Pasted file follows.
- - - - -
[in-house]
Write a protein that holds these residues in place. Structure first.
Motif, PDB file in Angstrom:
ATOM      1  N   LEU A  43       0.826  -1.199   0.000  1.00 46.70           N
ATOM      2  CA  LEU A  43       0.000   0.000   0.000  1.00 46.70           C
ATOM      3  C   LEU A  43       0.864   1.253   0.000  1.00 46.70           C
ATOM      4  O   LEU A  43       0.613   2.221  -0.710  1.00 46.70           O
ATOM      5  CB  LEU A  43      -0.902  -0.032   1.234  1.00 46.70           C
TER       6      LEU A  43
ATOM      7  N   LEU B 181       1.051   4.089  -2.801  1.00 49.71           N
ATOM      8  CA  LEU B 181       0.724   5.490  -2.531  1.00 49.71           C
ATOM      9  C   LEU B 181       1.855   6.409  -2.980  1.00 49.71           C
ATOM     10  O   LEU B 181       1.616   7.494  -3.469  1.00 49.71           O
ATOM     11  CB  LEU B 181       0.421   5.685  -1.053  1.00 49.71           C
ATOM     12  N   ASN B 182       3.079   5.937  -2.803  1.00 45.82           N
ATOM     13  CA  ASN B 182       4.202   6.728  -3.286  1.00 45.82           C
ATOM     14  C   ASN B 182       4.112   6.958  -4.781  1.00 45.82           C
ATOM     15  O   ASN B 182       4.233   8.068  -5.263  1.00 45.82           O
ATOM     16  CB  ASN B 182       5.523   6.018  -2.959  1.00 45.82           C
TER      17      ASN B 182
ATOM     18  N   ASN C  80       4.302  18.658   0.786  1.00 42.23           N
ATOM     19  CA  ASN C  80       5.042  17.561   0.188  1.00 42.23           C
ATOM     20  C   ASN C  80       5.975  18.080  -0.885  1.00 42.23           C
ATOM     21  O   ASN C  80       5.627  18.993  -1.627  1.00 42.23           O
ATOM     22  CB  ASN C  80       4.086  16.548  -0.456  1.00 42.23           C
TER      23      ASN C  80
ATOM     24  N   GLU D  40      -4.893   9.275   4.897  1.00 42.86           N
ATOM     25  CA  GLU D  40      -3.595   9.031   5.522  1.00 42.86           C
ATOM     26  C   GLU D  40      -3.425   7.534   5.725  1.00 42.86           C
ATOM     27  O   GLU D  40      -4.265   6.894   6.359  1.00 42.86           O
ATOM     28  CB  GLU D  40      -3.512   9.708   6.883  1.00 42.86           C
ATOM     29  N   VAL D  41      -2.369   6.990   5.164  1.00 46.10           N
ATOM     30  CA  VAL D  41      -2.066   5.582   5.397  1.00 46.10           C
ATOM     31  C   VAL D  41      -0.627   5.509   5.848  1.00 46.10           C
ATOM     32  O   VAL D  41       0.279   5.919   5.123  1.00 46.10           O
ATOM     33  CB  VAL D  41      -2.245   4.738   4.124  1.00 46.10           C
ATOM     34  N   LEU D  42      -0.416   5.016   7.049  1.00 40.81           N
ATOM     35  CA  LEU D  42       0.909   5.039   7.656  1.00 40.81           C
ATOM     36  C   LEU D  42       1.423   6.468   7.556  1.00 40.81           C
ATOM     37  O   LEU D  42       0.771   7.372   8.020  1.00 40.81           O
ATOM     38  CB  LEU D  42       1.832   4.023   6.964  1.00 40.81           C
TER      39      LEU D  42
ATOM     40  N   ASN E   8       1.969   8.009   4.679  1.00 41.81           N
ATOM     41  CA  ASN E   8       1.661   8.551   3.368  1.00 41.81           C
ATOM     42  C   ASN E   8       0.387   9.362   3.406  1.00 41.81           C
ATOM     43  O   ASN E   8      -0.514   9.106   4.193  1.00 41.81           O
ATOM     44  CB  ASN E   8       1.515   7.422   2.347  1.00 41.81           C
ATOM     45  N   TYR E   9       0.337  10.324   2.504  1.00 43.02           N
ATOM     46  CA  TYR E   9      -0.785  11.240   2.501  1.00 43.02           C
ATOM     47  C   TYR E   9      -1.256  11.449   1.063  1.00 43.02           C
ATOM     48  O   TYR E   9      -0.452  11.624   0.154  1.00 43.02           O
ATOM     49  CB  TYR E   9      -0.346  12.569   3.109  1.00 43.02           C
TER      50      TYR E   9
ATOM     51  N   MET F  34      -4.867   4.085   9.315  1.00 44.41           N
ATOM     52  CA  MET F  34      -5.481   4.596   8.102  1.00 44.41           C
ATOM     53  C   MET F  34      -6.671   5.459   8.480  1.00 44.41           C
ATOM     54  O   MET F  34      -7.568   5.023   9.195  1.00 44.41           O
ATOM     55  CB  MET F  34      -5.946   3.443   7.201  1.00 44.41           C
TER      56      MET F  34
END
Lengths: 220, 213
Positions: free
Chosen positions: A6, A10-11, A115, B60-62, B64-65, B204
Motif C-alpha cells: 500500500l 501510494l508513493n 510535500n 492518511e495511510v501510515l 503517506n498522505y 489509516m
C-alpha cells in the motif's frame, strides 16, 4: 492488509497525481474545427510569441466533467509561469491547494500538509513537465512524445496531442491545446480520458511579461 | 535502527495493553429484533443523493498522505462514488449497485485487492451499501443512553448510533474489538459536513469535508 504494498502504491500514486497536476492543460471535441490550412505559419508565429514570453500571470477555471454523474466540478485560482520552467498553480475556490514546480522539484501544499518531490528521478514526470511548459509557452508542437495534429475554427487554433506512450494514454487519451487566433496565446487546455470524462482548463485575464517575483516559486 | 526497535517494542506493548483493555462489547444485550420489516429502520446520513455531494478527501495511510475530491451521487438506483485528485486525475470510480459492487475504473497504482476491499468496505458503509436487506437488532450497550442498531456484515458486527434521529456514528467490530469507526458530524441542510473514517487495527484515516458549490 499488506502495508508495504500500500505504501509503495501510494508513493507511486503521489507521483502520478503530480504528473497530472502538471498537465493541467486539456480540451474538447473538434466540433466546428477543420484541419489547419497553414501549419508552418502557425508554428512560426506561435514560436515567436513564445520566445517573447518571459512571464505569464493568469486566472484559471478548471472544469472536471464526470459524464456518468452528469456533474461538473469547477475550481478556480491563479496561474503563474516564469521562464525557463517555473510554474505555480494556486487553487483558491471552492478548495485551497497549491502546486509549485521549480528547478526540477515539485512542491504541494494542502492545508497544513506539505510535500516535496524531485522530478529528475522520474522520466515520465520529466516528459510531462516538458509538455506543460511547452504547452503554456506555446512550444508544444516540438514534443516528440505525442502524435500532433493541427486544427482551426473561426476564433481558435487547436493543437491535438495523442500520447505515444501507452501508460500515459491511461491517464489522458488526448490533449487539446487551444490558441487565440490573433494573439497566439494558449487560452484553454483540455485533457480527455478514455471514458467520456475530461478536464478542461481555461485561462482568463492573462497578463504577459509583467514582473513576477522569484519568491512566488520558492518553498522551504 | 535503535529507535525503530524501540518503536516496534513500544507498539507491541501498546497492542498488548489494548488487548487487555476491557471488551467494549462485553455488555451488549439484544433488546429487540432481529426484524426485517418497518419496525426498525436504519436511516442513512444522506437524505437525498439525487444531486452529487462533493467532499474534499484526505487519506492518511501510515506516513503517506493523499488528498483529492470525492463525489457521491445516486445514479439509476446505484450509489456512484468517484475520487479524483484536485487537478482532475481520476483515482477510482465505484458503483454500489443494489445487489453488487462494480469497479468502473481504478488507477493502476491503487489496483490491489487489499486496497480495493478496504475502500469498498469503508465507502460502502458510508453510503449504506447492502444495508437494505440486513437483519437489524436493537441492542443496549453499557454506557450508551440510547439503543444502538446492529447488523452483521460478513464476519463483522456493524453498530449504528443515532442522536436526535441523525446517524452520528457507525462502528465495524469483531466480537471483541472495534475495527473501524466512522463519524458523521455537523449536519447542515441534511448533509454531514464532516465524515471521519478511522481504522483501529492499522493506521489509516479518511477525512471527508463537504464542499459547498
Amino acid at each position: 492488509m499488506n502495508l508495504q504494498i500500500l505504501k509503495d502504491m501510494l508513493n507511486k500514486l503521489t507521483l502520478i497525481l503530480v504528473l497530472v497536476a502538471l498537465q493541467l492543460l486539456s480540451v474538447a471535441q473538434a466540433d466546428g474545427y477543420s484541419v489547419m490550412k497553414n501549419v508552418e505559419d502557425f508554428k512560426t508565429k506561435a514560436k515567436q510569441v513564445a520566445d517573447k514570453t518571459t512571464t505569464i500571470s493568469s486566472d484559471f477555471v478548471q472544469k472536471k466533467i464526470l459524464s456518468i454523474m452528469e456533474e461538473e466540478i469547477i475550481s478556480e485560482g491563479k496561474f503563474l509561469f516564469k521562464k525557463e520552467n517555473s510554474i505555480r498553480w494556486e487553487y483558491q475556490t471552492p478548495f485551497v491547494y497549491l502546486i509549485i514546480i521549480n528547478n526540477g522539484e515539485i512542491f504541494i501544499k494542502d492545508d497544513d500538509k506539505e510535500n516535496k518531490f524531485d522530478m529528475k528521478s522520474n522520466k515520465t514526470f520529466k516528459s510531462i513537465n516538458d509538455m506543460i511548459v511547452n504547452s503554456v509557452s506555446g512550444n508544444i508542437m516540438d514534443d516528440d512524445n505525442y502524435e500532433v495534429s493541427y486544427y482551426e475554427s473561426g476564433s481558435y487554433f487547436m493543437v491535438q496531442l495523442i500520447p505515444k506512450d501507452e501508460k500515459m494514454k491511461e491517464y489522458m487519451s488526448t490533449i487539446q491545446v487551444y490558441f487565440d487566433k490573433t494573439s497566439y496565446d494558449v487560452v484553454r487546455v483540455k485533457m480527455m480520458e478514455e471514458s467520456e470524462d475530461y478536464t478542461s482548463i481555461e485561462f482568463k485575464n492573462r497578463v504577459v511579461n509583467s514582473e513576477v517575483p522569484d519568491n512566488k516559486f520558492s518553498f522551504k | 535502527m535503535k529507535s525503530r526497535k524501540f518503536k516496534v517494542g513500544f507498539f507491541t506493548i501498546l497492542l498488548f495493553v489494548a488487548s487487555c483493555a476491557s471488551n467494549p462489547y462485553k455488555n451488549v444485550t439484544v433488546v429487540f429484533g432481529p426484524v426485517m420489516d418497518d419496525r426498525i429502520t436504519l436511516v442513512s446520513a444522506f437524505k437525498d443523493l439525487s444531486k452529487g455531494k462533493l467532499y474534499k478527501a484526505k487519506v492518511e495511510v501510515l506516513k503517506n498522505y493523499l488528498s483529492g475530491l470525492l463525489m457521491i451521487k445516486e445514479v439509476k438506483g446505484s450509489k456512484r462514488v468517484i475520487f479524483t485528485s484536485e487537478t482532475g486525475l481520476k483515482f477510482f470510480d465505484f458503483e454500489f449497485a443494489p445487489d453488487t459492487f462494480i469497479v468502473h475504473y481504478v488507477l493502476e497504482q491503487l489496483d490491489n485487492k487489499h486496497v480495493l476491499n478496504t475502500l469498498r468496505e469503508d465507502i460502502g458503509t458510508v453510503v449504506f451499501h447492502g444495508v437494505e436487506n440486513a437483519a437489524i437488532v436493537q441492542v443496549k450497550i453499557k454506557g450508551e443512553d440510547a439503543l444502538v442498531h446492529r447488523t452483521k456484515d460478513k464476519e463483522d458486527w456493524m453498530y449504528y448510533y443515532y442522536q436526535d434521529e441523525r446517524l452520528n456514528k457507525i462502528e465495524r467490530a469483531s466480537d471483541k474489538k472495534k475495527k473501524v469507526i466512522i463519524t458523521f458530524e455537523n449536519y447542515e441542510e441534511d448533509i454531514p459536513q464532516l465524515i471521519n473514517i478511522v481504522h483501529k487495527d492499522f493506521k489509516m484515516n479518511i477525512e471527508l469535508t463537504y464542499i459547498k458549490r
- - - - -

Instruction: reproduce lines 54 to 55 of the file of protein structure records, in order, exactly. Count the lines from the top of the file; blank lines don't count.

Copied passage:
ATOM     51  N   MET F  34      -4.867   4.085   9.315  1.00 44.41           N
ATOM     52  CA  MET F  34      -5.481   4.596   8.102  1.00 44.41           C